Book review: Hebridean Sharker

Hebridean SharkerHebridean Sharker by Tex Geddes
My rating: 4 of 5 stars

Tex Geddes is very well-spoken. At least, his written voice is well-spoken. I suppose that I’d somehow expected him to write in a kind of Irvine Welsh-style rendition of accent, partially because his story is a deeply Scottish one – cold beauty and rough elemental life – and partially because he was, as far as I can ascertain, a mad old bastard. As you’d expect from a man who spent a lot of time shark-fishing, game-stalking, and convincing the British government that as the Laird of Soay, he needed a postal service goddamnit.

This link will take you to a write-up of his life on wikipedia, but I think it’s important to highlight the fact that he died while returning home from a bagpiping competition.

Hebridean Sharker is Geddes’ recollections of his lifeboat, ring-netting and shark-fishing operations, and it’s interesting even if you’re normally not the kind of person who thinks fishing yarns are worthwhile reads. The strength of personality and solid lust for life that comes across through the text is pretty incredible, and I found myself unable to leave the book alone. There’s not much here that I’m familiar with, being equipped with neither harpoon knowledge nor sea-legs, but Geddes presents even the most mundane parts of the job – squaring away below decks, keeping a hand on the tiller – as interesting as the more racy, gung-ho sections. And that’s largely because his enthusiasm is palpable. He’s a problem-solver and, I suspect, much more of a shit-stirrer than the book conveys.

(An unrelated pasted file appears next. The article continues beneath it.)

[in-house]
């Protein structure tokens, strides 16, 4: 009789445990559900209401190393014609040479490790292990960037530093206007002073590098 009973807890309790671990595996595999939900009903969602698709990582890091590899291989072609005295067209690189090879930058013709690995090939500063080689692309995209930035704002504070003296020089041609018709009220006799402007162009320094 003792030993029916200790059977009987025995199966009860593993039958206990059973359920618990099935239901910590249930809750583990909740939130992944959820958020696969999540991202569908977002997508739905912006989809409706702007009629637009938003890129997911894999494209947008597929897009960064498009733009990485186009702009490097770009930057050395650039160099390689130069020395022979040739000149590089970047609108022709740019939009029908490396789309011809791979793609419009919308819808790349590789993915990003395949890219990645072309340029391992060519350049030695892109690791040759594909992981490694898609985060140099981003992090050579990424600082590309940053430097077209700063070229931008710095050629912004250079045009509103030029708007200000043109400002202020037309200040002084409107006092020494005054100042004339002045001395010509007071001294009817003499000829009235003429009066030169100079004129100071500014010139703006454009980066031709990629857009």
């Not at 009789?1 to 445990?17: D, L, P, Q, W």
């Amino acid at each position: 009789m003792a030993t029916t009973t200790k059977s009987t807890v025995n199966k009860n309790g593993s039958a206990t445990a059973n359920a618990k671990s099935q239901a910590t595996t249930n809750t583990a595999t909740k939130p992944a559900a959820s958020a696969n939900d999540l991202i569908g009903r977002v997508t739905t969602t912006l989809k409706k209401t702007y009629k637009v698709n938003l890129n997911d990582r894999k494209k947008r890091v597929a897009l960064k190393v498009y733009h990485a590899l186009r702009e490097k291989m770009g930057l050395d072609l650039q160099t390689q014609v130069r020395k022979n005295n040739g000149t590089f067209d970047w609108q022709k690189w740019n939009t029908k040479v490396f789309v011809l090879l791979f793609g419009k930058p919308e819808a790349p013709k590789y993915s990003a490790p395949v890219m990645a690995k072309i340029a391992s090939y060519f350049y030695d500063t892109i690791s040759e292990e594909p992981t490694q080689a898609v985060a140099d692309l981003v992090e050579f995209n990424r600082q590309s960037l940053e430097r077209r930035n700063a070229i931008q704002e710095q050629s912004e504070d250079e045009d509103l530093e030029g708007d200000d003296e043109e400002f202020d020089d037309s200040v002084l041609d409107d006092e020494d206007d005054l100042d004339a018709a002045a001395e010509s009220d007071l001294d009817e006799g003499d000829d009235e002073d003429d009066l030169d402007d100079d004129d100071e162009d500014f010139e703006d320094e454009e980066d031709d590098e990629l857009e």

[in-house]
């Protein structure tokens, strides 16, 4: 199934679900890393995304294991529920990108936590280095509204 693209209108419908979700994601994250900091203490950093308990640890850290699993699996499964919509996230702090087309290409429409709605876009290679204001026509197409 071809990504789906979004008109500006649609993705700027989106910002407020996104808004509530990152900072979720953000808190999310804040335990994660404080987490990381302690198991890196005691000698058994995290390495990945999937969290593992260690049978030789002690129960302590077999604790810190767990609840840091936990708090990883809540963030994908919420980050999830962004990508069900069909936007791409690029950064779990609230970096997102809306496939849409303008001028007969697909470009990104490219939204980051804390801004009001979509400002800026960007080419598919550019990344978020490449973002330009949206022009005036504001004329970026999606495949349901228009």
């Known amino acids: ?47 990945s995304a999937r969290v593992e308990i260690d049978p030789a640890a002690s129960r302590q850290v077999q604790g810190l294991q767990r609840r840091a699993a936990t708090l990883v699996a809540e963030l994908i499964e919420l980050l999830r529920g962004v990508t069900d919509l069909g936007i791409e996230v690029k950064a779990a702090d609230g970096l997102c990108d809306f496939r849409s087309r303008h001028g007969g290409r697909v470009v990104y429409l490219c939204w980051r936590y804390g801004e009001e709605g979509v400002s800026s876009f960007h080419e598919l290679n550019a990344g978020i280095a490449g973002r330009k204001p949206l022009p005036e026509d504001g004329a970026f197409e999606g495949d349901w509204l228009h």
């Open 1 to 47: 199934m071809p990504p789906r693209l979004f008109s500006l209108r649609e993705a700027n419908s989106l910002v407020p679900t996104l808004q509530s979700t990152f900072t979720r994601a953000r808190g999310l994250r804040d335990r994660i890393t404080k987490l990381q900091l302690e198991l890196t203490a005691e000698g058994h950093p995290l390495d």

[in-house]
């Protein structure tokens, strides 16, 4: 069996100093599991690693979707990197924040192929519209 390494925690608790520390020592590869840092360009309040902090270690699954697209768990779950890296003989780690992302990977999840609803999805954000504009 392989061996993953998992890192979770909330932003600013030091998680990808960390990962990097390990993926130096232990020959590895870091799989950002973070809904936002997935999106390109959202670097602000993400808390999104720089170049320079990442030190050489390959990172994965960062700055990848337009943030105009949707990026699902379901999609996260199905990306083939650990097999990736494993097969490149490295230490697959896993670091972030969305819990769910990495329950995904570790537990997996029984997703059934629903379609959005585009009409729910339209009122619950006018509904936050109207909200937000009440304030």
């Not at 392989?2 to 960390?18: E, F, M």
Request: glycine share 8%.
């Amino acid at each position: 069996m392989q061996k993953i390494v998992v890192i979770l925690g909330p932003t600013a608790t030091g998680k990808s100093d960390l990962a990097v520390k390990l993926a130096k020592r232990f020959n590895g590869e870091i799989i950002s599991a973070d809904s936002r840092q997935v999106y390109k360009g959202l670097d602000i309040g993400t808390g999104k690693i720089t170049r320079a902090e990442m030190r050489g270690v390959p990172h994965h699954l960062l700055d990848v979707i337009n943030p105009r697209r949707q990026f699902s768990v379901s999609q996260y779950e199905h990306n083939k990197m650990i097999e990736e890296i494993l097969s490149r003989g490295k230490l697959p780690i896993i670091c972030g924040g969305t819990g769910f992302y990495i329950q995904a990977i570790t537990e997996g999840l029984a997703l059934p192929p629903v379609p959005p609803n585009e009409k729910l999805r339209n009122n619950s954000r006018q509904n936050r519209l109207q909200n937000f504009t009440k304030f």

Above all, the importance of camaraderie on the water is highlighted in this work. Despite losing sharks to foreign fleets, Geddes never has a fuck-off moment – he shares drinks, trades tips and examines different approaches with the eye of someone who wants to increase his knowledge and circle of friends. It’s reassuring to read the story of someone so open to exchange (and this is in Scotland in the 1950s!) when we’re in a position of lock-down with strangers for the most part today. Part of the appeal of the work is undoubtedly this quaint, respect-everybody approach, I’m certain.

Hebridean Sharker conveys a pleasing portrait of a man larger than life, friendlier than most, and probably mad as a cut snake. It’s effortlessly enjoyable, which is something I never thought I’d say about a book focusing on liver-harvesting operations. Read it if you need a bit of watery derring-do in your literary lists.

My Goodreads profile is here.

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